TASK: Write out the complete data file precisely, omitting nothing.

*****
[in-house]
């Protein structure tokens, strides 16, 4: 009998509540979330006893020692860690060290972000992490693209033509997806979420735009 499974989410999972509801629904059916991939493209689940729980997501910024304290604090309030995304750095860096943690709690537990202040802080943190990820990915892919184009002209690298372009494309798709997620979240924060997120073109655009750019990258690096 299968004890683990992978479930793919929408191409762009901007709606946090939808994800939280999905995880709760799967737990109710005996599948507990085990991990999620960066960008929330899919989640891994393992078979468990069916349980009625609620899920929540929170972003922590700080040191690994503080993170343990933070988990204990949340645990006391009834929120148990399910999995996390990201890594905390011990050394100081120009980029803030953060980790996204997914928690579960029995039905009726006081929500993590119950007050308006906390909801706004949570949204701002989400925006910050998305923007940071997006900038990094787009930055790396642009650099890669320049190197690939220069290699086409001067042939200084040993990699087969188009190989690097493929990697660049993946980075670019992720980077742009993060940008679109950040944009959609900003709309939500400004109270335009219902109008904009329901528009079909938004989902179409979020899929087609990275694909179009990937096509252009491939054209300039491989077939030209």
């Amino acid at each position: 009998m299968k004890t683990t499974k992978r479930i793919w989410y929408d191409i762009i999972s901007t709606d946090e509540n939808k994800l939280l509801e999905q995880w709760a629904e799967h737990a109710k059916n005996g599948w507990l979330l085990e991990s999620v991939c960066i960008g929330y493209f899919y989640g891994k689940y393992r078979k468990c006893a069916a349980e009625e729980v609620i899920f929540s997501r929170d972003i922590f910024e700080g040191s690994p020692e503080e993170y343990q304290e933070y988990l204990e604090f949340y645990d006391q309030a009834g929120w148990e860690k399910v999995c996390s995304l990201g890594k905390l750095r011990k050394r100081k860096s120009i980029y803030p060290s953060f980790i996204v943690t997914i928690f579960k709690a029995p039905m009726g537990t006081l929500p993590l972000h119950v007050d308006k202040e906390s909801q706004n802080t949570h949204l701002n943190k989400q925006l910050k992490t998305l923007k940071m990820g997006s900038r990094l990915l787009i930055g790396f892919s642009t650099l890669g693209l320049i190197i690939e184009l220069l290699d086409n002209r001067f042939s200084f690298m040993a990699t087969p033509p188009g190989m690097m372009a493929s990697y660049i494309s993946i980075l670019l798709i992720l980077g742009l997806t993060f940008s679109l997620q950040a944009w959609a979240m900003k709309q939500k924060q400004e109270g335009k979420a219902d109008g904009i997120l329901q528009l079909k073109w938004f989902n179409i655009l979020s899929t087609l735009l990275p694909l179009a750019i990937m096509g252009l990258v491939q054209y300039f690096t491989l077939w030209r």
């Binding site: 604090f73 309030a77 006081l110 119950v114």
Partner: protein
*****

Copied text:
[in-house]
């Protein structure tokens, strides 16, 4: 009998509540979330006893020692860690060290972000992490693209033509997806979420735009 499974989410999972509801629904059916991939493209689940729980997501910024304290604090309030995304750095860096943690709690537990202040802080943190990820990915892919184009002209690298372009494309798709997620979240924060997120073109655009750019990258690096 299968004890683990992978479930793919929408191409762009901007709606946090939808994800939280999905995880709760799967737990109710005996599948507990085990991990999620960066960008929330899919989640891994393992078979468990069916349980009625609620899920929540929170972003922590700080040191690994503080993170343990933070988990204990949340645990006391009834929120148990399910999995996390990201890594905390011990050394100081120009980029803030953060980790996204997914928690579960029995039905009726006081929500993590119950007050308006906390909801706004949570949204701002989400925006910050998305923007940071997006900038990094787009930055790396642009650099890669320049190197690939220069290699086409001067042939200084040993990699087969188009190989690097493929990697660049993946980075670019992720980077742009993060940008679109950040944009959609900003709309939500400004109270335009219902109008904009329901528009079909938004989902179409979020899929087609990275694909179009990937096509252009491939054209300039491989077939030209």
């Amino acid at each position: 009998m299968k004890t683990t499974k992978r479930i793919w989410y929408d191409i762009i999972s901007t709606d946090e509540n939808k994800l939280l509801e999905q995880w709760a629904e799967h737990a109710k059916n005996g599948w507990l979330l085990e991990s999620v991939c960066i960008g929330y493209f899919y989640g891994k689940y393992r078979k468990c006893a069916a349980e009625e729980v609620i899920f929540s997501r929170d972003i922590f910024e700080g040191s690994p020692e503080e993170y343990q304290e933070y988990l204990e604090f949340y645990d006391q309030a009834g929120w148990e860690k399910v999995c996390s995304l990201g890594k905390l750095r011990k050394r100081k860096s120009i980029y803030p060290s953060f980790i996204v943690t997914i928690f579960k709690a029995p039905m009726g537990t006081l929500p993590l972000h119950v007050d308006k202040e906390s909801q706004n802080t949570h949204l701002n943190k989400q925006l910050k992490t998305l923007k940071m990820g997006s900038r990094l990915l787009i930055g790396f892919s642009t650099l890669g693209l320049i190197i690939e184009l220069l290699d086409n002209r001067f042939s200084f690298m040993a990699t087969p033509p188009g190989m690097m372009a493929s990697y660049i494309s993946i980075l670019l798709i992720l980077g742009l997806t993060f940008s679109l997620q950040a944009w959609a979240m900003k709309q939500k924060q400004e109270g335009k979420a219902d109008g904009i997120l329901q528009l079909k073109w938004f989902n179409i655009l979020s899929t087609l735009l990275p694909l179009a750019i990937m096509g252009l990258v491939q054209y300039f690096t491989l077939w030209r």
């Binding site: 604090f73 309030a77 006081l110 119950v114």
Partner: protein